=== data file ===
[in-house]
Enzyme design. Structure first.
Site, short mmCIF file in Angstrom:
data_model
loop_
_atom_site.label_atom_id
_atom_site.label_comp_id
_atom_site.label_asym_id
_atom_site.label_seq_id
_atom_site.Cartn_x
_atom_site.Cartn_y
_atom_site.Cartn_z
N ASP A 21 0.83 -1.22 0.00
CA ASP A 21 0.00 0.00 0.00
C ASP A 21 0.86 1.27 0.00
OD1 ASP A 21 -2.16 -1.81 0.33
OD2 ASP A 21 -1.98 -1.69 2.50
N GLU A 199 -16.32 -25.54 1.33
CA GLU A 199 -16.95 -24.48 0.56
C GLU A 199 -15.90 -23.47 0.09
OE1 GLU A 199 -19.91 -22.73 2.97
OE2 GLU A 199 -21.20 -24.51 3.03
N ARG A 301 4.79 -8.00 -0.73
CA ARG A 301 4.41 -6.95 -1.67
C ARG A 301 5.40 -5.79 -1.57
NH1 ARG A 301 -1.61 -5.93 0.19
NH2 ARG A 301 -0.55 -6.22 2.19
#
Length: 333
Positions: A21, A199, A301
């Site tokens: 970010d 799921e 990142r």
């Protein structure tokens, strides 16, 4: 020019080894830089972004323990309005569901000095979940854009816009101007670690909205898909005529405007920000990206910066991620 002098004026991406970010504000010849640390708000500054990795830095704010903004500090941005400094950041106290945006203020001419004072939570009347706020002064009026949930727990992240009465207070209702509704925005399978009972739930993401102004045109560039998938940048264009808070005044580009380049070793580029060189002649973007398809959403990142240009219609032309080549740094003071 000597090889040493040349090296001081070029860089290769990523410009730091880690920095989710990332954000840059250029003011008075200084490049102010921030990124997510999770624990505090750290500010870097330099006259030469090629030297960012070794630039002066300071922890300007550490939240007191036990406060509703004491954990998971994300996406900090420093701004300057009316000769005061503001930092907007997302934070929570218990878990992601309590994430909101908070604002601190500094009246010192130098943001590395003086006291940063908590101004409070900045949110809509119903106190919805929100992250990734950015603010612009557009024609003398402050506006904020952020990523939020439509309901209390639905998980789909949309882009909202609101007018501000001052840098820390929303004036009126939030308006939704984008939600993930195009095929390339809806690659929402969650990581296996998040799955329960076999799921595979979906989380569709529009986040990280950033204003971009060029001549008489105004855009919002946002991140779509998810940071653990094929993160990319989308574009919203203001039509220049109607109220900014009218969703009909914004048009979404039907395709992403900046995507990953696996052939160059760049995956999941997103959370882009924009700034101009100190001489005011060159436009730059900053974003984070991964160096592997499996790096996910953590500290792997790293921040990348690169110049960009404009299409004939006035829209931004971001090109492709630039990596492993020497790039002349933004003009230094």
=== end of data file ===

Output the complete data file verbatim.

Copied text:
[in-house]
Enzyme design. Structure first.
Site, short mmCIF file in Angstrom:
data_model
loop_
_atom_site.label_atom_id
_atom_site.label_comp_id
_atom_site.label_asym_id
_atom_site.label_seq_id
_atom_site.Cartn_x
_atom_site.Cartn_y
_atom_site.Cartn_z
N ASP A 21 0.83 -1.22 0.00
CA ASP A 21 0.00 0.00 0.00
C ASP A 21 0.86 1.27 0.00
OD1 ASP A 21 -2.16 -1.81 0.33
OD2 ASP A 21 -1.98 -1.69 2.50
N GLU A 199 -16.32 -25.54 1.33
CA GLU A 199 -16.95 -24.48 0.56
C GLU A 199 -15.90 -23.47 0.09
OE1 GLU A 199 -19.91 -22.73 2.97
OE2 GLU A 199 -21.20 -24.51 3.03
N ARG A 301 4.79 -8.00 -0.73
CA ARG A 301 4.41 -6.95 -1.67
C ARG A 301 5.40 -5.79 -1.57
NH1 ARG A 301 -1.61 -5.93 0.19
NH2 ARG A 301 -0.55 -6.22 2.19
#
Length: 333
Positions: A21, A199, A301
């Site tokens: 970010d 799921e 990142r």
């Protein structure tokens, strides 16, 4: 020019080894830089972004323990309005569901000095979940854009816009101007670690909205898909005529405007920000990206910066991620 002098004026991406970010504000010849640390708000500054990795830095704010903004500090941005400094950041106290945006203020001419004072939570009347706020002064009026949930727990992240009465207070209702509704925005399978009972739930993401102004045109560039998938940048264009808070005044580009380049070793580029060189002649973007398809959403990142240009219609032309080549740094003071 000597090889040493040349090296001081070029860089290769990523410009730091880690920095989710990332954000840059250029003011008075200084490049102010921030990124997510999770624990505090750290500010870097330099006259030469090629030297960012070794630039002066300071922890300007550490939240007191036990406060509703004491954990998971994300996406900090420093701004300057009316000769005061503001930092907007997302934070929570218990878990992601309590994430909101908070604002601190500094009246010192130098943001590395003086006291940063908590101004409070900045949110809509119903106190919805929100992250990734950015603010612009557009024609003398402050506006904020952020990523939020439509309901209390639905998980789909949309882009909202609101007018501000001052840098820390929303004036009126939030308006939704984008939600993930195009095929390339809806690659929402969650990581296996998040799955329960076999799921595979979906989380569709529009986040990280950033204003971009060029001549008489105004855009919002946002991140779509998810940071653990094929993160990319989308574009919203203001039509220049109607109220900014009218969703009909914004048009979404039907395709992403900046995507990953696996052939160059760049995956999941997103959370882009924009700034101009100190001489005011060159436009730059900053974003984070991964160096592997499996790096996910953590500290792997790293921040990348690169110049960009404009299409004939006035829209931004971001090109492709630039990596492993020497790039002349933004003009230094």